Christer Brönmark

Christer Brönmark
Lund University | LU · Department of Biology

About

194
Publications
99,624
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12,638
Citations
Citations since 2017
38 Research Items
4837 Citations
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20172018201920202021202220230200400600800
20172018201920202021202220230200400600800

Publications

Publications (194)
Article
Piscivorous fish are important predators in aquatic systems and as such they can have far-reaching effects on ecosystem composition and function. These effects depend on piscivore predation rates and behaviour, and recruitment of young-of-the-year fish into piscivory can hereby govern ecosystem properties. Growth and recruitment can differ between...
Article
Full-text available
Inducible defences allow prey to increase survival chances when predators are present while avoiding unnecessary costs in their absence. Many studies report considerable inter-individual variation in inducible defence expression, yet what underlies this variation is poorly understood. A classic vertebrate example of a predator-induced morphological...
Article
Animal migration is one of the most spectacular and visible behavioural phenomena in nature with profound implications for a range of ecological and evolutionary processes. Successful migration hinges on the ability to exploit temporary resources (e.g. food) and evade threats (e.g. predators) as they arise, and thus the timing of migration is often...
Article
Climate change and anthropogenic activities are producing a range of new selection pressures, both abiotic and biotic, on marine organisms. Although it is known that climate change can differentially affect fitness‐related traits at different trophic levels of the food web, it is not clear if different trophic levels will respond via phenotypic pla...
Article
Many species up- or downregulate their resting metabolic rate (RMR) when they encounter favourable or unfavourable feeding conditions, respectively. This is thought to promote faster growth when food is abundant and conserve energy reserves when food is scarce. The time it takes to express metabolic plasticity remain little studied. Here, we develo...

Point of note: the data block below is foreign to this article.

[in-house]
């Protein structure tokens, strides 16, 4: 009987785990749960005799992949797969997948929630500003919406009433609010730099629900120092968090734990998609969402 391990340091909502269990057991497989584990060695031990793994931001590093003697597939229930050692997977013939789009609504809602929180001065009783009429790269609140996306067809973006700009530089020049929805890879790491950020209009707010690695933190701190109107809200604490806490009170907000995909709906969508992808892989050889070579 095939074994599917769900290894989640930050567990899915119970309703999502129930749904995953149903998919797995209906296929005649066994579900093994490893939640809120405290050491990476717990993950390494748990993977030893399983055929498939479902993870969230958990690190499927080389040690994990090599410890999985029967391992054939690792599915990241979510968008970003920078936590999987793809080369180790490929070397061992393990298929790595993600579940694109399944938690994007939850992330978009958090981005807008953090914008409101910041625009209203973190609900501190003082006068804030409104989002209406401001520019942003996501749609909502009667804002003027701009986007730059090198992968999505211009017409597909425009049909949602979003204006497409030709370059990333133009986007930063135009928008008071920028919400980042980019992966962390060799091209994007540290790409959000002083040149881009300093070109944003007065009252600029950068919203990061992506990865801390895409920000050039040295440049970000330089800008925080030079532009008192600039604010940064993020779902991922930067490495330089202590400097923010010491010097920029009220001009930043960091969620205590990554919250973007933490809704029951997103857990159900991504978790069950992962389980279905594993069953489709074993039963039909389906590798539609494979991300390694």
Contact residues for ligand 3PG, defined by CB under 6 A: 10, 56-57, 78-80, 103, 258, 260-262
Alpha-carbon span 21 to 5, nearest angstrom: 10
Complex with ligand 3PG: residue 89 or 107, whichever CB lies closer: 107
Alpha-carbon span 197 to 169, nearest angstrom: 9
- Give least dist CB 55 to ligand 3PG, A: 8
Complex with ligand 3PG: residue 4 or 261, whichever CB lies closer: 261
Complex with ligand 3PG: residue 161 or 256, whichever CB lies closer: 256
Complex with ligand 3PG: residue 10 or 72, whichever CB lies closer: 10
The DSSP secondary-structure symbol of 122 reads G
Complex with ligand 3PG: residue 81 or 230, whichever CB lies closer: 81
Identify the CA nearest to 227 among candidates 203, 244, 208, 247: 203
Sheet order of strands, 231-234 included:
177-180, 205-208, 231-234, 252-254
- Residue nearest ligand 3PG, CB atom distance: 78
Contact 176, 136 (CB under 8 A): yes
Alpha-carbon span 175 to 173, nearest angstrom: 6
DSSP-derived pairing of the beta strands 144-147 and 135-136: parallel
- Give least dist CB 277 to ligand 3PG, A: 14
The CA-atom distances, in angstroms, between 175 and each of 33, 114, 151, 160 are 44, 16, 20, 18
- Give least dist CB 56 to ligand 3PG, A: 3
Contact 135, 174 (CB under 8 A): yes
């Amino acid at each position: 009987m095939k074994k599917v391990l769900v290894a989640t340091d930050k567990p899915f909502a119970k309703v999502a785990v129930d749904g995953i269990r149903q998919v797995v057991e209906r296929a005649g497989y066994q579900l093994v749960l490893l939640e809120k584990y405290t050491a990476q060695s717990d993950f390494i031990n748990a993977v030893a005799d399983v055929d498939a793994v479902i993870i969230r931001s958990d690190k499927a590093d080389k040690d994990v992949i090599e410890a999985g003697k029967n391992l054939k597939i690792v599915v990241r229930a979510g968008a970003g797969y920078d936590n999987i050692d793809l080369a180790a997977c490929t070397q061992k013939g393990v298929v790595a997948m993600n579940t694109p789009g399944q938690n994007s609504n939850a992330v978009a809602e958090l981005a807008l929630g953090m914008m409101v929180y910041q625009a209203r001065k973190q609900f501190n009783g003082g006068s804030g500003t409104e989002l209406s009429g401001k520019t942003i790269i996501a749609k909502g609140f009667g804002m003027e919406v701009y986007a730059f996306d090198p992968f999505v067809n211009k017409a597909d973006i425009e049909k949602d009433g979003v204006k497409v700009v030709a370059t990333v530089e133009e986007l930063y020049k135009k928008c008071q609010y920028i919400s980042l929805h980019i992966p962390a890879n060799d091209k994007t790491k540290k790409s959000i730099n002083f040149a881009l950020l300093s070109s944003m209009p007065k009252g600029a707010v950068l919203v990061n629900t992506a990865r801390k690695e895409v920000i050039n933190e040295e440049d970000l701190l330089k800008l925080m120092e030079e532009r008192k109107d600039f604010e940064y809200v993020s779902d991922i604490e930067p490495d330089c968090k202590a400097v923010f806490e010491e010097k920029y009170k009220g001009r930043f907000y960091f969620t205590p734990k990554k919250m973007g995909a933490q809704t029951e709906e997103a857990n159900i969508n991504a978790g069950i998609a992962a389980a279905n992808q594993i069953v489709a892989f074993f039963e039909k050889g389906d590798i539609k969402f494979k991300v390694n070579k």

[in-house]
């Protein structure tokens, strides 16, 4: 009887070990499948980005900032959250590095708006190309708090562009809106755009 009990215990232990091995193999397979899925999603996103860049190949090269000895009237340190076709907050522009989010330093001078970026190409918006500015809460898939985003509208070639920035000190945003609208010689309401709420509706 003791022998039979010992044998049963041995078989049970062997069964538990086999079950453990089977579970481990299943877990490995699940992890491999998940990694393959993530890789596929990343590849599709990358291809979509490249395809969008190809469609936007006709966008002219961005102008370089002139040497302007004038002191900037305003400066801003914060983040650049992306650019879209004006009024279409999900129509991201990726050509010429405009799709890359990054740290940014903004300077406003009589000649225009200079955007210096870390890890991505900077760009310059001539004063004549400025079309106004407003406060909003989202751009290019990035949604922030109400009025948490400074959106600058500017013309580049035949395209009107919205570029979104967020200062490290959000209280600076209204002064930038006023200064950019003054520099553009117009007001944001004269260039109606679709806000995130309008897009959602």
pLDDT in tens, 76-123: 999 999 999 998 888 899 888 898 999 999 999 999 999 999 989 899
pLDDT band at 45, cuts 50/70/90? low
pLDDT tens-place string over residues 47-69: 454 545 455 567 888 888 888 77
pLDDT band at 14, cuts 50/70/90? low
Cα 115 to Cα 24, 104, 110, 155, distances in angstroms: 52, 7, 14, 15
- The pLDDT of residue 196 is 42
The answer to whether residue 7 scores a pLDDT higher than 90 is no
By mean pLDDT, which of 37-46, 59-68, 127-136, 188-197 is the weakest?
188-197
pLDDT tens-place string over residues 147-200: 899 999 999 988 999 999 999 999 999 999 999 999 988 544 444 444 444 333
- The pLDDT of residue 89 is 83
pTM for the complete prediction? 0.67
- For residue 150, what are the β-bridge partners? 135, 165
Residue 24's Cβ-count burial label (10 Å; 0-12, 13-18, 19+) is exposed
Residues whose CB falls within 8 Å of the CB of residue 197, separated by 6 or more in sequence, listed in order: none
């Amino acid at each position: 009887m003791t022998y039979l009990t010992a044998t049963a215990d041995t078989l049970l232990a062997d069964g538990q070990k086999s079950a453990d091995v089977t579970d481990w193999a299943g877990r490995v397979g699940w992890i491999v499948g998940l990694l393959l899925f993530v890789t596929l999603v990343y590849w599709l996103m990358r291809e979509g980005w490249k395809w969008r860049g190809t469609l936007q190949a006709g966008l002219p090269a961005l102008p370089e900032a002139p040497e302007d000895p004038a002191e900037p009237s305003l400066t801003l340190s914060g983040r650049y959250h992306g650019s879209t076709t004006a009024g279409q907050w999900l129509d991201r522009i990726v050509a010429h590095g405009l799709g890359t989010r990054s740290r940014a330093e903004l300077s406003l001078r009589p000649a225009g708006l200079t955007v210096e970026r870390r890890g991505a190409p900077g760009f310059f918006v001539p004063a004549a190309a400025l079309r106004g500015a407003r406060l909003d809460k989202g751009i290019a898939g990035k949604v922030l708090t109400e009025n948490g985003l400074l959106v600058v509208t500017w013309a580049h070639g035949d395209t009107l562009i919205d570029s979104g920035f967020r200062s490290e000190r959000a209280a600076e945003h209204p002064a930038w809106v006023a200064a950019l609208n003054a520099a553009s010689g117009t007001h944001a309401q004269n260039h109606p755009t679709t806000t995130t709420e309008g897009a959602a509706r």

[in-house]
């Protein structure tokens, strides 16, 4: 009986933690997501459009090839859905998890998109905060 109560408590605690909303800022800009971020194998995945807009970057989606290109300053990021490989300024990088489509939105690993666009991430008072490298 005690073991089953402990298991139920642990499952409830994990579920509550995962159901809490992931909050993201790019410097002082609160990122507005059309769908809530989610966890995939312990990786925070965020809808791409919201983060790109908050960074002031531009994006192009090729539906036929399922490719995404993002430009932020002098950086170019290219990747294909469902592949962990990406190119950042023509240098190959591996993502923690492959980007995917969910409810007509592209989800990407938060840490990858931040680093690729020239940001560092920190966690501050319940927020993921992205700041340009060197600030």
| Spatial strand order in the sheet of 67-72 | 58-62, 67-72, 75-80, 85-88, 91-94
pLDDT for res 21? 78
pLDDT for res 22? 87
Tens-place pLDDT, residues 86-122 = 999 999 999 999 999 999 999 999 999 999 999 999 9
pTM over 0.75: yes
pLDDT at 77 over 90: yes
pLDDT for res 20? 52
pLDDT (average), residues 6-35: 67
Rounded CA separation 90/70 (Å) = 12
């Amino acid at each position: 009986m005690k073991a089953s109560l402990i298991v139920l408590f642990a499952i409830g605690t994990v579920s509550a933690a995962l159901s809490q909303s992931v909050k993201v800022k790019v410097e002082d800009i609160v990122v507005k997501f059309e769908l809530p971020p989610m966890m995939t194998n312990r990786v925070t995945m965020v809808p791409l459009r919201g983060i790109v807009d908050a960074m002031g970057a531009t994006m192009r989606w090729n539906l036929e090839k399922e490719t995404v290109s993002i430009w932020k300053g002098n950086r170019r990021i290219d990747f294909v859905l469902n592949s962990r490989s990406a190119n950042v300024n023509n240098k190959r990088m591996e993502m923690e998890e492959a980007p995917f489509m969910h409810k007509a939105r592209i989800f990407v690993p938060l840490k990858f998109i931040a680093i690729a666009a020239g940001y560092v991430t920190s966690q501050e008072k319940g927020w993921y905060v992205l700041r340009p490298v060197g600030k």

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The propensity to kill and consume conspecifics (cannibalism) varies greatly between and within species, but the underlying mechanisms behind this variation remain poorly understood. A rich literature has documented that consistent behavioural variation is ubiquitous across the animal kingdom. Such inter-individual behavioural differences, sometime...
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Diel vertical migration (DVM) is the most common behavioral phenomenon in zooplankton, and numerous studies have evaluated DVM under strong seasonality at higher latitudes. Yet, our understanding of the environmental drivers of DVM at low latitudes, where seasonal variation is less pronounced, remains limited. Therefore, we here examined patterns o...
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Solar ultraviolet radiation (UVR) is an important environmental threat for organisms in aquatic systems, but its temporally variable nature makes the understanding of its effects ambiguous. The aim of our study was to assess potential fitness costs associated with fluctuating UVR in the aquatic zooplankter Daphnia magna . We investigated individual...
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Predation risk is often invoked to explain variation in stress responses. Yet, the answers to several key questions remain elusive, including: 1) how predation risk influences the evolution of stress phenotypes, 2) the relative importance of environmental versus genetic factors in stress reactivity, and 3) sexual dimorphism in stress physiology. To...
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Predator-inducible defenses constitute a widespread form of adaptive phenotypic plasticity, and such defenses have recently been suggested linked with the neuroen- docrine system. The neuroendocrine system is a target of endocrine disruptors, such as psychoactive pharmaceuticals, which are common aquatic contaminants. We hy- pothesized that exposur...
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Predation is a well‐studied driver of ecological selection on prey traits, which frequently drives divergence in anti‐predator performance across environments that vary in predation risk. However, predation also alters prey mortality regimes, where low predation risk often results in higher prey densities and consequently higher intensities of intr...
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While lake systems in temperate regions have been extensively studied, tropical and subtropical systems have received less attention. Here, we describe the water chemistry and biota of ten inland blue holes on Andros Island, The Bahamas, representative of the morphological, abiotic, and biotic variation among Androsian inland blue holes. The majori...
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Different migratory species have evolved distinct migratory characteristics that improve fitness in their particular ecological niches. However, when such species hybridize, migratory traits from parental species can combine maladaptively and cause hybrids to fall between parental fitness peaks, with potential consequences for hybrid viability and...